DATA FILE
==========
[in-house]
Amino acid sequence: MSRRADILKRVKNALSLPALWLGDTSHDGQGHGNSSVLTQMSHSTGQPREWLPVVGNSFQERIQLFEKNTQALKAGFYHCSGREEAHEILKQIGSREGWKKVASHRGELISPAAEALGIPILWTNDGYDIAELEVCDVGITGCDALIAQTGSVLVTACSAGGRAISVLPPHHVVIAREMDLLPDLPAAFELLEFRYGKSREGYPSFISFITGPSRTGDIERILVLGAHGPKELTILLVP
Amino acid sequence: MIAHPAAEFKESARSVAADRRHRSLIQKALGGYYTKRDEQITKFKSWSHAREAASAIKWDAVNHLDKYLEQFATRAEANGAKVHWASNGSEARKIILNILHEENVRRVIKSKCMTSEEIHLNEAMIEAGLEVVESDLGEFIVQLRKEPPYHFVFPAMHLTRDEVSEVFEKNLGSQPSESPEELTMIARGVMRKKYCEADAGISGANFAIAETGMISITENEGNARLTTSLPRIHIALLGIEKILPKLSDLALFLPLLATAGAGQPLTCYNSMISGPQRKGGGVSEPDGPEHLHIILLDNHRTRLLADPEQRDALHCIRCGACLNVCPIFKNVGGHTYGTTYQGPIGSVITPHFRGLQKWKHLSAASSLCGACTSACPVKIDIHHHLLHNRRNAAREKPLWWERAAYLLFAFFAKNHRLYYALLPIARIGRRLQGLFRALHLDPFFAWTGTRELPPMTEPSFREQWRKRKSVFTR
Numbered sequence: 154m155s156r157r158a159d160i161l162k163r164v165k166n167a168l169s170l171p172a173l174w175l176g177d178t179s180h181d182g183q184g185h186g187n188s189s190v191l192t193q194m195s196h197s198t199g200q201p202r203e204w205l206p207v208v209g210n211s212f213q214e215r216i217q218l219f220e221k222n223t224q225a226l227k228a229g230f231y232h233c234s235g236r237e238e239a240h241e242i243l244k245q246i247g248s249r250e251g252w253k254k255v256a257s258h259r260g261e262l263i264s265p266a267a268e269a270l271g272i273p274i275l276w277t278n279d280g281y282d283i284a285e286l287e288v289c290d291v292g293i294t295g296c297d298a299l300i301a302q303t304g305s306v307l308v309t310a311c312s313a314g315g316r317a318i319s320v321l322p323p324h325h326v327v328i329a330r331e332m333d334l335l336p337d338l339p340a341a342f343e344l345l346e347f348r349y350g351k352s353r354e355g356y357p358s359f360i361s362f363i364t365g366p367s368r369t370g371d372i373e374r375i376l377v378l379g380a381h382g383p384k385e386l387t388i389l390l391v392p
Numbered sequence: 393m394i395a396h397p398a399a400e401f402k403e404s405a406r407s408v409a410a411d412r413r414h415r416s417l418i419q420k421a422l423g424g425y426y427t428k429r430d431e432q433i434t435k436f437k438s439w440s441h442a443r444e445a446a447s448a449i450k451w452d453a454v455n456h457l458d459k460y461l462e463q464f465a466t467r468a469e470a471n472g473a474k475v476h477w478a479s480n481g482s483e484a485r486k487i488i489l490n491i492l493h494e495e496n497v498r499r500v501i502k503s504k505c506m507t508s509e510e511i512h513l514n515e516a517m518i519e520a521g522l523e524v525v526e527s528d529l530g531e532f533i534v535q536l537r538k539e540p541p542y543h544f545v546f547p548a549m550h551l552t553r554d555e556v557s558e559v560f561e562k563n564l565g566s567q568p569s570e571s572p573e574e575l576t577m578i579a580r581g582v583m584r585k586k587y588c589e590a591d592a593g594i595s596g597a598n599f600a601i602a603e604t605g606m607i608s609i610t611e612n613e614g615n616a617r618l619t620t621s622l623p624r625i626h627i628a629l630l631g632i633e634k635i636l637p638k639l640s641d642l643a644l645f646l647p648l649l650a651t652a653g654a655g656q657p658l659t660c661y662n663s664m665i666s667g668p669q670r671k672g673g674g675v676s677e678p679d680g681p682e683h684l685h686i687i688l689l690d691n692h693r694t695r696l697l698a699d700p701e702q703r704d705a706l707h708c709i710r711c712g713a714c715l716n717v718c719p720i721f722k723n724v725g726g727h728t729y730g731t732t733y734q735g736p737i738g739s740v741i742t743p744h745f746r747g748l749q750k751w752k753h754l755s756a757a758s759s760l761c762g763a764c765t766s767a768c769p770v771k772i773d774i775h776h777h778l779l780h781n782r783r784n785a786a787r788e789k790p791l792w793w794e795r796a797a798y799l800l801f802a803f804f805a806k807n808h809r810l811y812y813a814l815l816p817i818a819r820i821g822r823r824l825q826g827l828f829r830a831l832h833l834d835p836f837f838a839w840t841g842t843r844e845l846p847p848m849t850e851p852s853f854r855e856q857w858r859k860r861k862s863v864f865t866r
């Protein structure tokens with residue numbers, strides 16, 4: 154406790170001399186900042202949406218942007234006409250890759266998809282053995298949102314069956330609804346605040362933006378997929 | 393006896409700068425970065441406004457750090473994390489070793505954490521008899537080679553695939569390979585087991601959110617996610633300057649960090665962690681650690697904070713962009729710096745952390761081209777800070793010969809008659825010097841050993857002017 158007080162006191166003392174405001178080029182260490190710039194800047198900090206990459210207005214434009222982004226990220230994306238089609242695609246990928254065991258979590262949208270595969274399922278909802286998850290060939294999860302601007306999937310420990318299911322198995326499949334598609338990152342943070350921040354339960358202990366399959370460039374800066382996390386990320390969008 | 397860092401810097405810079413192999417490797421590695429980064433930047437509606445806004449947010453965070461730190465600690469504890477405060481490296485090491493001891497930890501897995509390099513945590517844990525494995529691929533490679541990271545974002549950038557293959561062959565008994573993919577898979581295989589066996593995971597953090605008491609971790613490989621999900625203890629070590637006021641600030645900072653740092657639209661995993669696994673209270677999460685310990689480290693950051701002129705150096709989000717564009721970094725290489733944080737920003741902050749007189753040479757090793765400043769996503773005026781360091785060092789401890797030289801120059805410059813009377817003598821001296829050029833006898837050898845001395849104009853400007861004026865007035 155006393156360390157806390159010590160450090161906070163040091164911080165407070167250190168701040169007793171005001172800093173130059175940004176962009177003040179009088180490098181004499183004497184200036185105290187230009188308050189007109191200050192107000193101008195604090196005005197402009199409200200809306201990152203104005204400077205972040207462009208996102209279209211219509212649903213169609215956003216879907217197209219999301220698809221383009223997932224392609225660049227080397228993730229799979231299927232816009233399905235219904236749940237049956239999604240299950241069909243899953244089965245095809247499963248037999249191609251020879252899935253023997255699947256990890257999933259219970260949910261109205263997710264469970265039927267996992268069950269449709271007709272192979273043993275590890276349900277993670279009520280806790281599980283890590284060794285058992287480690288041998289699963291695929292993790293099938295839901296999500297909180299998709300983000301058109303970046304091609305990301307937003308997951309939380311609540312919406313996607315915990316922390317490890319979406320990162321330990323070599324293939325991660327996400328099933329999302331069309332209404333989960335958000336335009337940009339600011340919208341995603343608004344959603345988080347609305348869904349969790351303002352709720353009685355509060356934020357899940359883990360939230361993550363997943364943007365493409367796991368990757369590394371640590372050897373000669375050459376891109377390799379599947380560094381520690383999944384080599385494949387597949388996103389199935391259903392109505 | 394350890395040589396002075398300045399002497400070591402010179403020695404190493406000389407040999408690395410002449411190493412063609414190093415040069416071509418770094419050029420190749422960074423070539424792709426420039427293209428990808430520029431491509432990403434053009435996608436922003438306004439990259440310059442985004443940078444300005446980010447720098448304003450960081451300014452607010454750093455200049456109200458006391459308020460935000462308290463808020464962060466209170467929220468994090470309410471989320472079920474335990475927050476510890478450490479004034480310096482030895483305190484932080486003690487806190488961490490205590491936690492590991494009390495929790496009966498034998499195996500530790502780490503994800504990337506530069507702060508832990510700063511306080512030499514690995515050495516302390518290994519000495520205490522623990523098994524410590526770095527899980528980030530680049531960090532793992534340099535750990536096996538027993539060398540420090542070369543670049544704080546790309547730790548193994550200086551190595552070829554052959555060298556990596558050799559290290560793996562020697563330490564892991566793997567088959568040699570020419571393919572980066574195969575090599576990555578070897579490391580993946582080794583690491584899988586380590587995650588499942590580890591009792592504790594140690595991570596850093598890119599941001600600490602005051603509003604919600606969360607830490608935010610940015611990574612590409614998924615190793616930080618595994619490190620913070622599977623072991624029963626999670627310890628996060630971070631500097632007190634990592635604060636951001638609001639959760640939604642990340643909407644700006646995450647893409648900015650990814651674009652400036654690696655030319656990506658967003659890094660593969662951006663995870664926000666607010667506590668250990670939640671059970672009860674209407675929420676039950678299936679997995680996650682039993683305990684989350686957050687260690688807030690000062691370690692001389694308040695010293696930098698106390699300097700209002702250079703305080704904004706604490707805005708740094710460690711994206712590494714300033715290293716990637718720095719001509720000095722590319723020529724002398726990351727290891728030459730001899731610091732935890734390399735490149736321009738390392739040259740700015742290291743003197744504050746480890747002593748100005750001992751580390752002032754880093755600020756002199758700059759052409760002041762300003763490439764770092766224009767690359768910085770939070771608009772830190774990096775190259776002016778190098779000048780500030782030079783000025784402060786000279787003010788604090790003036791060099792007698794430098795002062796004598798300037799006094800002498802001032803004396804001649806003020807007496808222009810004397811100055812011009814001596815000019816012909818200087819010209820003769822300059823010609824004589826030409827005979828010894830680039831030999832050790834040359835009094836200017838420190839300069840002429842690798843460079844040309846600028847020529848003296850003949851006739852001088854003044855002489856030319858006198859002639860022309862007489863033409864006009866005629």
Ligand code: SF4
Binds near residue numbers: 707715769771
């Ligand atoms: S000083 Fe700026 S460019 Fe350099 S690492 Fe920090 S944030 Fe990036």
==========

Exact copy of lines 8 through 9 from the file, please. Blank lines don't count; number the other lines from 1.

Binds near residue numbers: 707715769771
């Ligand atoms: S000083 Fe700026 S460019 Fe350099 S690492 Fe920090 S944030 Fe990036």